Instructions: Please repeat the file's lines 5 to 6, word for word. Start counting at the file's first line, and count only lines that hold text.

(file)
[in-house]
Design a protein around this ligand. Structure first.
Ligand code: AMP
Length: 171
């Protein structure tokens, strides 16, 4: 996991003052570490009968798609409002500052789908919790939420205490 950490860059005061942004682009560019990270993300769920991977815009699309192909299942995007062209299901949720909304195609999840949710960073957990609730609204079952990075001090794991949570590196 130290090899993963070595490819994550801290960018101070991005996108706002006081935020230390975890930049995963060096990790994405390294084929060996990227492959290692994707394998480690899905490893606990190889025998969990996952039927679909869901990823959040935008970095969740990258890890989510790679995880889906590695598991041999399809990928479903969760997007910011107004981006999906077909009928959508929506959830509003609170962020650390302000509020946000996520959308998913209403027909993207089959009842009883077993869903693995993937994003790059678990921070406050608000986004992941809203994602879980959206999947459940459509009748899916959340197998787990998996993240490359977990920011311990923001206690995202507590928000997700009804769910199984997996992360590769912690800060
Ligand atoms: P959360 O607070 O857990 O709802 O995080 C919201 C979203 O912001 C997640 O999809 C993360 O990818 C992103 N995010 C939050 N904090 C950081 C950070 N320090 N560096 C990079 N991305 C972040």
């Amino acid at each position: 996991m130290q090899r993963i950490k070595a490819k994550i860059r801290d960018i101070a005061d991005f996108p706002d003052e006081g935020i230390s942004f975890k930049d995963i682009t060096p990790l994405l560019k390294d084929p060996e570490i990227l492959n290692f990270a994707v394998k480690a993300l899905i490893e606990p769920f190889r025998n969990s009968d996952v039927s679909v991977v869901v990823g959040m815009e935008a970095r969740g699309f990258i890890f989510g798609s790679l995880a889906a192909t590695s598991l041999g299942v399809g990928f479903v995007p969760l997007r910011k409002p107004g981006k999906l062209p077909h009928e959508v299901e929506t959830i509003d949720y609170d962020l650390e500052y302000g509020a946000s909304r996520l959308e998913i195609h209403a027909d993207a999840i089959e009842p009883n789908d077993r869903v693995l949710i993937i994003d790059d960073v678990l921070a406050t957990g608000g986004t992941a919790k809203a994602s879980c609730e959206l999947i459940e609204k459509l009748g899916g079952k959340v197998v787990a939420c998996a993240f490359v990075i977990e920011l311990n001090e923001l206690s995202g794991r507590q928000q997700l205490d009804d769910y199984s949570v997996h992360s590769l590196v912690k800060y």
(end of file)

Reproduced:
């Protein structure tokens, strides 16, 4: 996991003052570490009968798609409002500052789908919790939420205490 950490860059005061942004682009560019990270993300769920991977815009699309192909299942995007062209299901949720909304195609999840949710960073957990609730609204079952990075001090794991949570590196 130290090899993963070595490819994550801290960018101070991005996108706002006081935020230390975890930049995963060096990790994405390294084929060996990227492959290692994707394998480690899905490893606990190889025998969990996952039927679909869901990823959040935008970095969740990258890890989510790679995880889906590695598991041999399809990928479903969760997007910011107004981006999906077909009928959508929506959830509003609170962020650390302000509020946000996520959308998913209403027909993207089959009842009883077993869903693995993937994003790059678990921070406050608000986004992941809203994602879980959206999947459940459509009748899916959340197998787990998996993240490359977990920011311990923001206690995202507590928000997700009804769910199984997996992360590769912690800060
Ligand atoms: P959360 O607070 O857990 O709802 O995080 C919201 C979203 O912001 C997640 O999809 C993360 O990818 C992103 N995010 C939050 N904090 C950081 C950070 N320090 N560096 C990079 N991305 C972040």